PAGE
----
Cassius Clay

“Float like a butterfly, sting like a bee. The hands can’t hit what the eyes can’t see.” – Muhammad Ali

Hello Reader,

I never knew the second half of that saying until very recently.  The quote itself is obviously in reference to boxing technique and style, but that second half holds a lot of deeper meaning. “The hands can’t hit what the eyes can’t see”.  Sounds pretty obvious right? You can’t hit what you can’t see. But think about how this can relate to handling our own problems or reaching our own goals, hitting our own targets.  How many people can you think of that you hear every day complaining about their situation, only to remain in it, saying that it’s not the right time, or they’re just not ready. They’re swinging at the target while facing away from it. These excuses are just comfortable distractions from facing the uncomfortable real solution.  It’s like sitting at a pond with a fishing rod, knowing all you will catch are minnows, while also knowing that Moby Dick is just below the surface, there’s a harpoon leaning on the chair you’re sitting on and all you have to do is jump in and get him. But comfort and a guaranteed delivery of minnows (however small) somehow outweighs a much bigger fish (or mammal I suppose in this case) with a much bigger risk.

I hope by the time this is posted that I have followed through with grabbing my harpoon and diving in after my white whale.  It had become way more than apparent to me that I was very tired of hearing my fellow fisherman complain about the “minnow supply”, and then exclaiming about how ready they were to go after the great white whale only for them to return to the pond the next day, fishing rod tightly gripped in hand. Every. Single. Day.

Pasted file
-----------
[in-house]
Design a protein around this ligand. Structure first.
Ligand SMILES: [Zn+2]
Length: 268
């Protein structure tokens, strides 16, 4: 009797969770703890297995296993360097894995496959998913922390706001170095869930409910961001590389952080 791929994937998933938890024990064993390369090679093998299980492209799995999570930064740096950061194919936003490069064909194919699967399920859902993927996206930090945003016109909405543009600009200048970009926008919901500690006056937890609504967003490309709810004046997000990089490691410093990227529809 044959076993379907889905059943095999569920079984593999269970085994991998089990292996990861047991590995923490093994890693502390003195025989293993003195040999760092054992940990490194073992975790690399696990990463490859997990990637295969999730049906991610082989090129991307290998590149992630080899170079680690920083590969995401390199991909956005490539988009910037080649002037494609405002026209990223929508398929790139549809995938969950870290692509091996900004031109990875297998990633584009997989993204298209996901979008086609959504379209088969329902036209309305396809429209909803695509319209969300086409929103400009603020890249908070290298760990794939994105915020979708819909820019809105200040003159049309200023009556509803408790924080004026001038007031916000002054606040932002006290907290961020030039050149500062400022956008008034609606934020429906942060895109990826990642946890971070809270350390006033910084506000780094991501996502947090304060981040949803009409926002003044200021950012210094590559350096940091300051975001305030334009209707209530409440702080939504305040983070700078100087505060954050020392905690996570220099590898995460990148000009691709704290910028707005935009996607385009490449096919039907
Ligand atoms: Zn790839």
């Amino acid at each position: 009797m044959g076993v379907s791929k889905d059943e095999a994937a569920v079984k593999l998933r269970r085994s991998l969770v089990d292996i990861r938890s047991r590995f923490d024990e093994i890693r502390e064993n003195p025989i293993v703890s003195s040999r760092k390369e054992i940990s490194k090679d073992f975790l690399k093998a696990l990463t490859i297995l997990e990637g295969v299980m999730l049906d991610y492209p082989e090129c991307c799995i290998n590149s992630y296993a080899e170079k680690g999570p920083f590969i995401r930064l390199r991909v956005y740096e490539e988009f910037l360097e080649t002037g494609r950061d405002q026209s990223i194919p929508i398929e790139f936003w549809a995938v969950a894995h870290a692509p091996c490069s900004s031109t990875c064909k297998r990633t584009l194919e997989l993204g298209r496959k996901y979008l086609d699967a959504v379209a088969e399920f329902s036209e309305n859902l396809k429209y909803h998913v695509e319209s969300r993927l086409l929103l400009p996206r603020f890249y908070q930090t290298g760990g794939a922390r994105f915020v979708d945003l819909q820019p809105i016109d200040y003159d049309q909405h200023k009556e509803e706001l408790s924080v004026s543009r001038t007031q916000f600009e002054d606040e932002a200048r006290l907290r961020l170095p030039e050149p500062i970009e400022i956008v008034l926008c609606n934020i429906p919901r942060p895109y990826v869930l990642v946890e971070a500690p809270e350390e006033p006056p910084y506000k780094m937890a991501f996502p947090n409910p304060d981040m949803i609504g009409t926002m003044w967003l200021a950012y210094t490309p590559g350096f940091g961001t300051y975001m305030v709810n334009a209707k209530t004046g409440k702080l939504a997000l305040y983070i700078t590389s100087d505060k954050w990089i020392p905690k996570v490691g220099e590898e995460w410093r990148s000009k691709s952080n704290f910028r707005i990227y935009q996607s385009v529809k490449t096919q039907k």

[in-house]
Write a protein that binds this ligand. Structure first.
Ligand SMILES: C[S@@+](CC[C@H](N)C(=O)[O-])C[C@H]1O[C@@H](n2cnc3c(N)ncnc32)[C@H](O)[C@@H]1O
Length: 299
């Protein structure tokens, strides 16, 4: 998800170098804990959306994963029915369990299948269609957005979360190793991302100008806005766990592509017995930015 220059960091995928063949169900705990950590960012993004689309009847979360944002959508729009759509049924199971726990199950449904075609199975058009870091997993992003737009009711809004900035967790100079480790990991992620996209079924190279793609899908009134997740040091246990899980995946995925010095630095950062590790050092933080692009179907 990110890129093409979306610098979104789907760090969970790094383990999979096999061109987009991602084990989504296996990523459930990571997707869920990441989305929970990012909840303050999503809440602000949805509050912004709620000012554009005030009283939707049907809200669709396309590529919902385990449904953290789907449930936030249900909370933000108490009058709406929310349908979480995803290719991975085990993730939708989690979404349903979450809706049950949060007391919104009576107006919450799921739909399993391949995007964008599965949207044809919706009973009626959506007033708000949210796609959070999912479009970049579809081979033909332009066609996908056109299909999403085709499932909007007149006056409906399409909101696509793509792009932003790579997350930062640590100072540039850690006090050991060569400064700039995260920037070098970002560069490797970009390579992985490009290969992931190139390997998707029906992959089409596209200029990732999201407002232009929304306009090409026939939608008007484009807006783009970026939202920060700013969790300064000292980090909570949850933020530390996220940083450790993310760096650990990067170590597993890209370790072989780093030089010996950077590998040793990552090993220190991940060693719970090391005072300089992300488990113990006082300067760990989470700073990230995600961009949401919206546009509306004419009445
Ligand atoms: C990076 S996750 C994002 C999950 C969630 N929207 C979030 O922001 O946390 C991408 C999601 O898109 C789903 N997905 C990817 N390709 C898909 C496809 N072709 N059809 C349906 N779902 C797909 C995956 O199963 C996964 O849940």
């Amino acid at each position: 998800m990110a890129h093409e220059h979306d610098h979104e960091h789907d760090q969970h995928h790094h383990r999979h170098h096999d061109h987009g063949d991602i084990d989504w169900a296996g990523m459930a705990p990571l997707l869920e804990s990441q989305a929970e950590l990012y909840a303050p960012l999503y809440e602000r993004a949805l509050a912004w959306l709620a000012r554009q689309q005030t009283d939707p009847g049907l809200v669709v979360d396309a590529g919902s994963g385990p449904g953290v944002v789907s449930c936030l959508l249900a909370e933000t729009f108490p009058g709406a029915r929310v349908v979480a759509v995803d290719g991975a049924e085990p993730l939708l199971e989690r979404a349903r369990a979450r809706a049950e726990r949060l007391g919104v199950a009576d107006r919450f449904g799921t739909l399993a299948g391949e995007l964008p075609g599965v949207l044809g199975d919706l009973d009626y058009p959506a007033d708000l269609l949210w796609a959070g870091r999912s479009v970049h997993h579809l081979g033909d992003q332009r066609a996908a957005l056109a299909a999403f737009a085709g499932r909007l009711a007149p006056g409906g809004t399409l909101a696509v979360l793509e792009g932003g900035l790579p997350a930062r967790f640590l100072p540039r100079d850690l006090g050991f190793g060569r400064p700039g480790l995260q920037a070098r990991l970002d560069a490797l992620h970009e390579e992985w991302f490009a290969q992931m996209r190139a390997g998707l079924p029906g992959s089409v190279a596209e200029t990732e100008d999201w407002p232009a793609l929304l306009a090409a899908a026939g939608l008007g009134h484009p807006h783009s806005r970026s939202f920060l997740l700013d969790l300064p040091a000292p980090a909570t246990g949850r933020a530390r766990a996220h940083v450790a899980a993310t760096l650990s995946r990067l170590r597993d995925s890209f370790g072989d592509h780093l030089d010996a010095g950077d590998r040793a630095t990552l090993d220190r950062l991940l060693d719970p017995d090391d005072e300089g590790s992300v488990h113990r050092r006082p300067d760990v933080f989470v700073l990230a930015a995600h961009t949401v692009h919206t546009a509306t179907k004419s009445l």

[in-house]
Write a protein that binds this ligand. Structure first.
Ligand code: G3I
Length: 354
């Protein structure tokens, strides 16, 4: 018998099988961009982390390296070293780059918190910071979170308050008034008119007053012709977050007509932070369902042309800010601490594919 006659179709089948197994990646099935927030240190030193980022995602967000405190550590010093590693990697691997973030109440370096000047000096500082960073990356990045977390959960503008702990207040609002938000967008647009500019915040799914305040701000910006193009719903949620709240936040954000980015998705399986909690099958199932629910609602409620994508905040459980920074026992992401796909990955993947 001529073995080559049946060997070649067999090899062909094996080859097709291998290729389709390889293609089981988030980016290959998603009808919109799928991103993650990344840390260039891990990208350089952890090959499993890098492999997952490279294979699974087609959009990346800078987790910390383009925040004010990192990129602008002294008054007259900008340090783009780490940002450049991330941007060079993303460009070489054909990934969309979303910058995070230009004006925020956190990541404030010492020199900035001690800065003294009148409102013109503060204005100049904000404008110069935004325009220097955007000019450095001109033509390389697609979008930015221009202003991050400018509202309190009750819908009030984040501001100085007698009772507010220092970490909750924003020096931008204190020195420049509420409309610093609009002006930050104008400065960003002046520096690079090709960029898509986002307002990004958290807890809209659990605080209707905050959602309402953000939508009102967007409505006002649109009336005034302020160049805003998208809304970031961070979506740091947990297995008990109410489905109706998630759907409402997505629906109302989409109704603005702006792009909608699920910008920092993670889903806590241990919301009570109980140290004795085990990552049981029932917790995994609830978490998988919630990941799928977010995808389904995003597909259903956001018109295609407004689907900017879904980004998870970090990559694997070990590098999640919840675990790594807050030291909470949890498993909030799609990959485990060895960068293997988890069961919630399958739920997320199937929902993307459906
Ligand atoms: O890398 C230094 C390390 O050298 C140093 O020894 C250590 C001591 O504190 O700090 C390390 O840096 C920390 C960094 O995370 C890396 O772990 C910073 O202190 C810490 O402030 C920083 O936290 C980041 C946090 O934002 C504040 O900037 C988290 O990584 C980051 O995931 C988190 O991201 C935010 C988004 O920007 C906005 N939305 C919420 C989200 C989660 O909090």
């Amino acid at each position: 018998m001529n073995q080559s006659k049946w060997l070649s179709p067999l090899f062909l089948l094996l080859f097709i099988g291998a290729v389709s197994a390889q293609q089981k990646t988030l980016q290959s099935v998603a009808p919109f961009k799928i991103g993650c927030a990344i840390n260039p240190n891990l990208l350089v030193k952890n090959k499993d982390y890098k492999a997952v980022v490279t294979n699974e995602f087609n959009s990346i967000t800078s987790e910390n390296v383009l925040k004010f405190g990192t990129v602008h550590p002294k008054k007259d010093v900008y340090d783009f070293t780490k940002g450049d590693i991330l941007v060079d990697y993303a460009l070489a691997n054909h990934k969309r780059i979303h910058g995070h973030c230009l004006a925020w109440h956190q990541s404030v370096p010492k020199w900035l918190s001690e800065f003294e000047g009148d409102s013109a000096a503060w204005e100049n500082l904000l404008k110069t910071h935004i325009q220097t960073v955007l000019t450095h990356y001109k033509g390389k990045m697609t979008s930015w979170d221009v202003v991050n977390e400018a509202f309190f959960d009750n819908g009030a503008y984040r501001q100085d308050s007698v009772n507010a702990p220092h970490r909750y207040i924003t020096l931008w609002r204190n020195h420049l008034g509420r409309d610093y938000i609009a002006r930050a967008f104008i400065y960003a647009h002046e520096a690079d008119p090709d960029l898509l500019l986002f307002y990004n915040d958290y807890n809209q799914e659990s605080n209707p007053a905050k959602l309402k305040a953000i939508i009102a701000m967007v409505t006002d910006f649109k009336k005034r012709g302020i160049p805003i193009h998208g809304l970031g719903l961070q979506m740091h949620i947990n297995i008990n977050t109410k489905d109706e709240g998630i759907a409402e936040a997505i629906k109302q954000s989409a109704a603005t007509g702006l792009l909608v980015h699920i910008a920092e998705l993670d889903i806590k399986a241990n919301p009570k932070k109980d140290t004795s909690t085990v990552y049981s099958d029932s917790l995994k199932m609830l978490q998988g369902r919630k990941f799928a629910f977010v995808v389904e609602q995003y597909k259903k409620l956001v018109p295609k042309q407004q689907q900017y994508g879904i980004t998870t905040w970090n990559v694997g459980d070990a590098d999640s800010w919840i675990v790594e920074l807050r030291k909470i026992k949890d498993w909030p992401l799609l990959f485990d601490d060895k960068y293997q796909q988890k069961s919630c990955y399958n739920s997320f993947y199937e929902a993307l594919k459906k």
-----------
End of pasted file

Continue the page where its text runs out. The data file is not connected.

So then I finally decided, no matter what may be causing me to not “see” what I was trying to hit, I needed to get that target in my line of sight and Muhammad Ali it until it was smashed to smithereens.  I needed to dive in, swim straight towards that whale and harpoon the shit out of it (but really, save the whales).

Now, on another note, I’ve come to a realization in this whole transformative process.  In my previous post titled “Hello, Old Joe” I talked about how I’ve been dealing with overcoming the anxiety and depressive nature of the insecure and ungrounded self criticizing person I had become accustomed to being. But I realized something about this Old Joe that Jamie made me really think about. He wasn’t always around, there was a time before him when I was extremely confident in my art form and didn’t care who might judge me. When I first met Jamie more than 8 years ago (and not many people who have met me in the last few years know about this) I was pursuing a career as a dancer. I had started a team at my old highschool that went on to win local competitions, proving our critics wrong and succeeding when I had been told to my face (yes, highschool sucks) that we should just give up before we embarrass ourselves. I then was part of our local dance company’s competition team, winning national competitions with my peers going on to star in music videos, tv shows, and as backup dancers to huge pop music artists.

So at what point did I decide to drop all that? Get ready for a pretty sad psychological explanation that I only just recently realized after having a good talk about it with my wife.

So what had happened was, my dad took a risk. Long story short, he took a new, exciting and different job and left his old one behind. It seemed great at first, he got to travel a lot and made more money. Then he lost his job, and then we lost our house.